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Safety & Prevention

Why I Vaccinate: Family Relies on Community to Protect Surviving Toddler

​​Jenna and Curtis Ehler have fiercely guarded their son's health since his premature birth nearly two years ago. The couple's initial excitement over Jenna's pregnancy had turned to concern in August 2014, when an ultrasound revealed more than they expected.

"The doctor, after seeing the ultrasound said, 'Oh, surprise!' And then, 'Oh, surprise again!" Jenna said. She was carrying triplets, the result of a natural conception. "This pregnancy just went to extremely high-risk," the doctor told her.

At 24 weeks, Jenna went into early labor and delivered three boys, Gabriel, Caleb and Joshua.

Medical complications took the lives of Gabriel and Caleb within a few days. The lone survivor, Joshua, battled pneumonia, slow heartbeat, chronic lung disease and apnea during his 163-day stay in a Neonatal Intensive Care Unit.

While coping with the devastating deaths of their boys, the couple turned their attention to Joshua. Around his third week, doctors told his parents that they weren't sure he was going to make it.

 "We rushed to the hospital and tried to prepare ourselves for it," said Jenna, a librarian from West Des Moines, Iowa. "But, he pulled through. It was really touch and go."

When Joshua was finally discharged from the hospital, the family spent five months in isolation, allowing only close family members to visit. The couple has kept the baby home much of this winter, as well, concerned after seeing four other children – also born prematurely -- hospitalized with a virus.

Jenna worries about Joshua, who turns 2 this summer and has a weakened immune system. He had a cold in December that lasted eight weeks, his mother said.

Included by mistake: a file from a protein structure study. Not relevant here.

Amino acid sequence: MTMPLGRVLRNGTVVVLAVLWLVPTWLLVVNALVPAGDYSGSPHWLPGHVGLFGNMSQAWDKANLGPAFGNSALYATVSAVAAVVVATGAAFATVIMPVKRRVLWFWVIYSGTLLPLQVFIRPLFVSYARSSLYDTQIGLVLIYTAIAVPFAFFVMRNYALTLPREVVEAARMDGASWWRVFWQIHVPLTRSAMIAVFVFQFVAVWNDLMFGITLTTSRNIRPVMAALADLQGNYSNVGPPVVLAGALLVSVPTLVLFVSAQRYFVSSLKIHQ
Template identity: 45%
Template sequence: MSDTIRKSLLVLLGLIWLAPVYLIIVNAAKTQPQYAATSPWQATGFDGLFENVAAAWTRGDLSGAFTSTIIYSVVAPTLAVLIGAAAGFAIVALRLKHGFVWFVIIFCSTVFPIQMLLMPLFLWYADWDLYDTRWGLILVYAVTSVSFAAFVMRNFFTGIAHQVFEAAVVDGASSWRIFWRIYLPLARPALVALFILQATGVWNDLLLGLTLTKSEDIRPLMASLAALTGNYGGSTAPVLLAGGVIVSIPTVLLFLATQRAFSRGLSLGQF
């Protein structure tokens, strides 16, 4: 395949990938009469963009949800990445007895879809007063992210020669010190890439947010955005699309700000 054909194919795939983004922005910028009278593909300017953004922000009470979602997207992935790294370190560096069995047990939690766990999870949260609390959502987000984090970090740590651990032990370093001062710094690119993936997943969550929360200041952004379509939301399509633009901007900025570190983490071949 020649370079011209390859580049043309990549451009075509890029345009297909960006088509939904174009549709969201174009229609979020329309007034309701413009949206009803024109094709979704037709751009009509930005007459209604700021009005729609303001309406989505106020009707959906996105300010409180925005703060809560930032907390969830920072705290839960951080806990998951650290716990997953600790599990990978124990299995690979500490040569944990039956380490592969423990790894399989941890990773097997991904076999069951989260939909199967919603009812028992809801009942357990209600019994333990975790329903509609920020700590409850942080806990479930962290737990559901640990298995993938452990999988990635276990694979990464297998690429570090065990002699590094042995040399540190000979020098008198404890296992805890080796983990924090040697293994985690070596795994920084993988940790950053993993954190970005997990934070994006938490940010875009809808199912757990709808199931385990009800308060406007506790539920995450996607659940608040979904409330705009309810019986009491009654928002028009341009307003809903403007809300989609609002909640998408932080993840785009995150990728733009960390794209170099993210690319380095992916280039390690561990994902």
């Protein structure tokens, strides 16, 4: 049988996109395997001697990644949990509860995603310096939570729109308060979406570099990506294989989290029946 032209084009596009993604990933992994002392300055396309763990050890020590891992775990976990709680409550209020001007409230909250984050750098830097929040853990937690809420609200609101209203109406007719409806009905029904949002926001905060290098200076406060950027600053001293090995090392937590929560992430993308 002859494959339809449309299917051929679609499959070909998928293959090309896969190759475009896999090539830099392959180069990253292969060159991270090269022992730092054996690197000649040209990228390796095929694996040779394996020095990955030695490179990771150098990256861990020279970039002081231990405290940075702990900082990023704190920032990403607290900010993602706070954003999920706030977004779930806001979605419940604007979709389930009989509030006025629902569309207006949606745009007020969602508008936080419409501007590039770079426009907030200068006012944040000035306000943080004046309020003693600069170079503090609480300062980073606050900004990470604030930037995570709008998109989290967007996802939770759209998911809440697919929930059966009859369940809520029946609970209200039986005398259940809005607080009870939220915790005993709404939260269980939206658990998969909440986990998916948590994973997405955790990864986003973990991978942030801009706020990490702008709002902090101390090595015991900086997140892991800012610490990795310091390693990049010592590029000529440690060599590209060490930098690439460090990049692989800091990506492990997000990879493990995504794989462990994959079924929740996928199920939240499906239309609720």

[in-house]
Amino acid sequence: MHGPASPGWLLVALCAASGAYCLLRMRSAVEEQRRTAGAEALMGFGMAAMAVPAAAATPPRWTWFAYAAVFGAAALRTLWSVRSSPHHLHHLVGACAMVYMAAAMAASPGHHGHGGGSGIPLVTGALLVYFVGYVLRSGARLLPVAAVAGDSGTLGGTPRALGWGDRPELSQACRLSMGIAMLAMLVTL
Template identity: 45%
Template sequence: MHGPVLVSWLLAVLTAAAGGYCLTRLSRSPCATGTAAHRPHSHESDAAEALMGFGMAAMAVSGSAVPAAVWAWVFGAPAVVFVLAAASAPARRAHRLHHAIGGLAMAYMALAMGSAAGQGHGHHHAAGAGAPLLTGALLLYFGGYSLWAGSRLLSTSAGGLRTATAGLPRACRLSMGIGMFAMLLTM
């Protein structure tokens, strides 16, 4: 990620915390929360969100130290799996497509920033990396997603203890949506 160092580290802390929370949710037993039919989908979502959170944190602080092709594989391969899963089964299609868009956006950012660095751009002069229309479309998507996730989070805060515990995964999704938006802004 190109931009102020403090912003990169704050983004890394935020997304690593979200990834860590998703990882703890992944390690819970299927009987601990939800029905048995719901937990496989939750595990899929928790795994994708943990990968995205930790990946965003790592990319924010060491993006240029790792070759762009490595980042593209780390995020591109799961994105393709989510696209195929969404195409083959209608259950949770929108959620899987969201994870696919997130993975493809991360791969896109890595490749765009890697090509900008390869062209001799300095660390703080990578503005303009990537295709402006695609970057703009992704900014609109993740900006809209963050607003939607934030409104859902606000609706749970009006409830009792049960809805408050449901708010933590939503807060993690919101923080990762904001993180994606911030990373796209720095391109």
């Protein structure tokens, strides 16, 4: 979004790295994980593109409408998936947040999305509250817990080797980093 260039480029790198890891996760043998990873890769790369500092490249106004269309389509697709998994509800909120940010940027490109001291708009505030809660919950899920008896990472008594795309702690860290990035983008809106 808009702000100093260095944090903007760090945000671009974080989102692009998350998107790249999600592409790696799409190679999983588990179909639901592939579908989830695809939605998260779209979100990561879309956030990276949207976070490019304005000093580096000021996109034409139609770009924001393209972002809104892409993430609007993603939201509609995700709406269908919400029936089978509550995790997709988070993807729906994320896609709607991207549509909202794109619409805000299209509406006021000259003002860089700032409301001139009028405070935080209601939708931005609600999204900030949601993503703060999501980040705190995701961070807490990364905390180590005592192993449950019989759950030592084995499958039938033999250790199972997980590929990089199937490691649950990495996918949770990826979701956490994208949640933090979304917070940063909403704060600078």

"We live in a community where there are people who choose not to vaccinate," said Jenna, 30, who recalled the news about the measles outbreak at Disneyland.

The couple decided against bringing the child to church because of fears that he would be at risk. When the issue came up on a Facebook page, Curtis decided to chime in, she said.

"When you make this choice, it affects my child," said Jenna, recalling her husband's response. "It's not just a decision about your child. Anyone with a suppressed immune system is vulnerable."

She and her husband were vaccinated as children. She believes that many people her age do not know what it was like to live with diseases like polio.

"My generation, we don't know what it was like to be really sick because we were all vaccinated," Jenna said. "In our community of friends, anyone who has experienced a medical trauma tends to support vaccines."

Jenna had not given deep thought to vaccinations before her family's tragic loss, and Joshua's ongoing medical risks.

"It is certainly more real now."​

Additional Information from

Last Updated
American Academy of Pediatrics (Copyright © 2016)
The information contained on this Web site should not be used as a substitute for the medical care and advice of your pediatrician. There may be variations in treatment that your pediatrician may recommend based on individual facts and circumstances.
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